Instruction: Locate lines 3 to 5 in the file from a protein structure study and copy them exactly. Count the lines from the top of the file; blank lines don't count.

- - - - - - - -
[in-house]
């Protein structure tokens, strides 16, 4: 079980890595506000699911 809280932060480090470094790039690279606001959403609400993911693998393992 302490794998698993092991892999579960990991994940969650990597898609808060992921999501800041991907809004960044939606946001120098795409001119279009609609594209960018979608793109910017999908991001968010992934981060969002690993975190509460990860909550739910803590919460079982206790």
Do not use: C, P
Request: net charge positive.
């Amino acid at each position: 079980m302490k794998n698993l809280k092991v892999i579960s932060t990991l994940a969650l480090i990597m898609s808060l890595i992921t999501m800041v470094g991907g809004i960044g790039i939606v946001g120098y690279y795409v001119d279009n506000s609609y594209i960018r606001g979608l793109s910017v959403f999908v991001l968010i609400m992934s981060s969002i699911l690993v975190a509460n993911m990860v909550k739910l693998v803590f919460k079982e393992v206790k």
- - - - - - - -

Do not use: C, P
Request: net charge positive.
């Amino acid at each position: 079980m302490k794998n698993l809280k092991v892999i579960s932060t990991l994940a969650l480090i990597m898609s808060l890595i992921t999501m800041v470094g991907g809004i960044g790039i939606v946001g120098y690279y795409v001119d279009n506000s609609y594209i960018r606001g979608l793109s910017v959403f999908v991001l968010i609400m992934s981060s969002i699911l690993v975190a509460n993911m990860v909550k739910l693998v803590f919460k079982e393992v206790k």